The business community is now clarifying the overarching impact that a lack of bias protections for all is having on the Hoosier state. KSM Leaders weigh in on 2018 economic wins and losses
Top leaders with Indianapolis-based KSM Location Advisors say 2018 saw some big economic development wins for Indianapolis, but challenges could lie ahead. Chief Executive Officer Tim Cook says Indianapolis deserves credit for landing Infosys as a tenant for the former Indianapolis International Airport site, and says the city earned some “bragging rights” for being a finalist for Amazon.com Inc.’s (Nasdaq: AMZN) HQ2 project. However, President Katie Culp says not landing Amazon’s second headquarters or logistics center shows the city still has “things we have to grapple with.”
During an interview on Inside INdiana Business With Gerry Dick, Cook said the economy in 2019 could be “poised for recession,” while Culp was a little more optimistic.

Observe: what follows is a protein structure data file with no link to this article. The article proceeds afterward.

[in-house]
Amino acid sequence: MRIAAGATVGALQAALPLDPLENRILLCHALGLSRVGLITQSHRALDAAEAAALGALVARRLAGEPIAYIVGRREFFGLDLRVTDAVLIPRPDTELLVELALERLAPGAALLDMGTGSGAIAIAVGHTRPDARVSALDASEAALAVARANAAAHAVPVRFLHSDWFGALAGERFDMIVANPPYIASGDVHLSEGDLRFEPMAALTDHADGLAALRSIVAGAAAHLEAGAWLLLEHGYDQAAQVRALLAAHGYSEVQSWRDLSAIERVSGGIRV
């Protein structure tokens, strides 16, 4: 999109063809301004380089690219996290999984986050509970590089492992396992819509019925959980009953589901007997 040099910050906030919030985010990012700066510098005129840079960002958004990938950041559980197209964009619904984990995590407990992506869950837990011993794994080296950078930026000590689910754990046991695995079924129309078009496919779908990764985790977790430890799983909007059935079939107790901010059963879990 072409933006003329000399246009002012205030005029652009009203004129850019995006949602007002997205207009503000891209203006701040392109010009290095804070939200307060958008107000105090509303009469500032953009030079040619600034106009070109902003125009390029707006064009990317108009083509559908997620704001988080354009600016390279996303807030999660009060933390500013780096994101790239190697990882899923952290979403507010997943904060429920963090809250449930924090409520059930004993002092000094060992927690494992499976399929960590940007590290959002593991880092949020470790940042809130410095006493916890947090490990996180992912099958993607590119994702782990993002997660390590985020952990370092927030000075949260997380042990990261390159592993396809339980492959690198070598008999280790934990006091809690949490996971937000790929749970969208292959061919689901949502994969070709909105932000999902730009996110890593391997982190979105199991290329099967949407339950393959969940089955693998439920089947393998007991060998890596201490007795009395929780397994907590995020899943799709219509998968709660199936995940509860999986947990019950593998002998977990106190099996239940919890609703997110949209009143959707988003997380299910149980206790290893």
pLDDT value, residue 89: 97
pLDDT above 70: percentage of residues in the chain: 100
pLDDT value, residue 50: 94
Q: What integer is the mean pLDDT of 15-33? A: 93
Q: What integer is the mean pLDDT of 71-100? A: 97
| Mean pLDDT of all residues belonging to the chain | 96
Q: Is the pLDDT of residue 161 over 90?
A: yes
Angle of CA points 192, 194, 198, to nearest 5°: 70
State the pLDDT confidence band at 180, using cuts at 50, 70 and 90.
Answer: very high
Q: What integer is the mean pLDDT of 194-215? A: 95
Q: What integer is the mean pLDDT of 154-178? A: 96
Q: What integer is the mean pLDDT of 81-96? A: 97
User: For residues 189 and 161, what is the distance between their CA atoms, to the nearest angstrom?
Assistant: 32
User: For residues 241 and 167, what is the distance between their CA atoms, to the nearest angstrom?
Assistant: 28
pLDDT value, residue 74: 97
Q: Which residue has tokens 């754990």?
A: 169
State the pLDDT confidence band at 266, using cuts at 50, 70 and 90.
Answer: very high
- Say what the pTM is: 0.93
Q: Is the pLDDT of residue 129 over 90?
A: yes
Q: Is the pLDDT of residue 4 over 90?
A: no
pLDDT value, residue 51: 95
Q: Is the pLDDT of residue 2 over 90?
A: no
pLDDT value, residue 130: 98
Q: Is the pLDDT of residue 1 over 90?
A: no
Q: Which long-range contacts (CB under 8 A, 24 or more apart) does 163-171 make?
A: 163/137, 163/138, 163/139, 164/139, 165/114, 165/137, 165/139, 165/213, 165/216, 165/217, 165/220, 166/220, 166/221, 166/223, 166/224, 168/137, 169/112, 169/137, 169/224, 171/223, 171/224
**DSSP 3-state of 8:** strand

Culp believes, even though Amazon ultimately chose New York City and northern Virginia for HQ2, the bid was a positive experience for Indianapolis, to help the city see “what works, and what do we need to tweak a little bit.” Cook says a key part of Indiana’s ongoing strategy needs to be getting more people from throughout the United States to consider moving to Indiana by making sure the state retains an inviting culture.
One crucial element of that, says Culp, is passing hate crime legislation during the upcoming legislative session. She says the state does not need “another RFRA experience,” where corporate America sees Indiana as unfriendly to workers. The Indiana Chamber of Commerce has endorsed the idea, and a group of business, nonprofit, education and faith leaders has launched a coalition to push for a hate crimes law in next year’s legislative session.